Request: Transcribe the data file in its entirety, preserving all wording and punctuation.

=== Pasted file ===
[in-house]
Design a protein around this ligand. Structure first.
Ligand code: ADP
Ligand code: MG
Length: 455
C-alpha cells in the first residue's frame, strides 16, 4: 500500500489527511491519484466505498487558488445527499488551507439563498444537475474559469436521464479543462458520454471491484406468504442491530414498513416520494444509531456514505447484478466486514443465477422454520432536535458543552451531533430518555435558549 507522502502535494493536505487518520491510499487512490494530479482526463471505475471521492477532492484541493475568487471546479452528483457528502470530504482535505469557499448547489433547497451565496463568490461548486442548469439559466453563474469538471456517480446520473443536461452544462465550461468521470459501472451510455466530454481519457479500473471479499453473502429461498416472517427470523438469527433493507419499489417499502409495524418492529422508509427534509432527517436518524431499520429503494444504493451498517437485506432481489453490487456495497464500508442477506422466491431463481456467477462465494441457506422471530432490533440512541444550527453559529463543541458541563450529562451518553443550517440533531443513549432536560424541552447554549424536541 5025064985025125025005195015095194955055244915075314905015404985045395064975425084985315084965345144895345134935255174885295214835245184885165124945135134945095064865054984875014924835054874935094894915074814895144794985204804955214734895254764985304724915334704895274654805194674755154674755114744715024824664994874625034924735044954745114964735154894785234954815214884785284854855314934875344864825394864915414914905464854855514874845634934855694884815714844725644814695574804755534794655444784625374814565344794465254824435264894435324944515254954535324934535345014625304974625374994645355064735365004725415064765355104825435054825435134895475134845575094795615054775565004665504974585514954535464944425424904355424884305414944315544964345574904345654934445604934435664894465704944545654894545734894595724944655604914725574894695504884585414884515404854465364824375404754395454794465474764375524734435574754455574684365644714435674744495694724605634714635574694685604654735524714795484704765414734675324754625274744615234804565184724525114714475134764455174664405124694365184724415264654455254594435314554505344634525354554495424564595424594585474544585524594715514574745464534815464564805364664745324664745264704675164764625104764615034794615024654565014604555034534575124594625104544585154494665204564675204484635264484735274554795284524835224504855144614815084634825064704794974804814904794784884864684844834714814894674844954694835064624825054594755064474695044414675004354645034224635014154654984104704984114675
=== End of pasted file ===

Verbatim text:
[in-house]
Design a protein around this ligand. Structure first.
Ligand code: ADP
Ligand code: MG
Length: 455
C-alpha cells in the first residue's frame, strides 16, 4: 500500500489527511491519484466505498487558488445527499488551507439563498444537475474559469436521464479543462458520454471491484406468504442491530414498513416520494444509531456514505447484478466486514443465477422454520432536535458543552451531533430518555435558549 507522502502535494493536505487518520491510499487512490494530479482526463471505475471521492477532492484541493475568487471546479452528483457528502470530504482535505469557499448547489433547497451565496463568490461548486442548469439559466453563474469538471456517480446520473443536461452544462465550461468521470459501472451510455466530454481519457479500473471479499453473502429461498416472517427470523438469527433493507419499489417499502409495524418492529422508509427534509432527517436518524431499520429503494444504493451498517437485506432481489453490487456495497464500508442477506422466491431463481456467477462465494441457506422471530432490533440512541444550527453559529463543541458541563450529562451518553443550517440533531443513549432536560424541552447554549424536541 5025064985025125025005195015095194955055244915075314905015404985045395064975425084985315084965345144895345134935255174885295214835245184885165124945135134945095064865054984875014924835054874935094894915074814895144794985204804955214734895254764985304724915334704895274654805194674755154674755114744715024824664994874625034924735044954745114964735154894785234954815214884785284854855314934875344864825394864915414914905464854855514874845634934855694884815714844725644814695574804755534794655444784625374814565344794465254824435264894435324944515254954535324934535345014625304974625374994645355064735365004725415064765355104825435054825435134895475134845575094795615054775565004665504974585514954535464944425424904355424884305414944315544964345574904345654934445604934435664894465704944545654894545734894595724944655604914725574894695504884585414884515404854465364824375404754395454794465474764375524734435574754455574684365644714435674744495694724605634714635574694685604654735524714795484704765414734675324754625274744615234804565184724525114714475134764455174664405124694365184724415264654455254594435314554505344634525354554495424564595424594585474544585524594715514574745464534815464564805364664745324664745264704675164764625104764615034794615024654565014604555034534575124594625104544585154494665204564675204484635264484735274554795284524835224504855144614815084634825064704794974804814904794784884864684844834714814894674844954694835064624825054594755064474695044414675004354645034224635014154654984104704984114675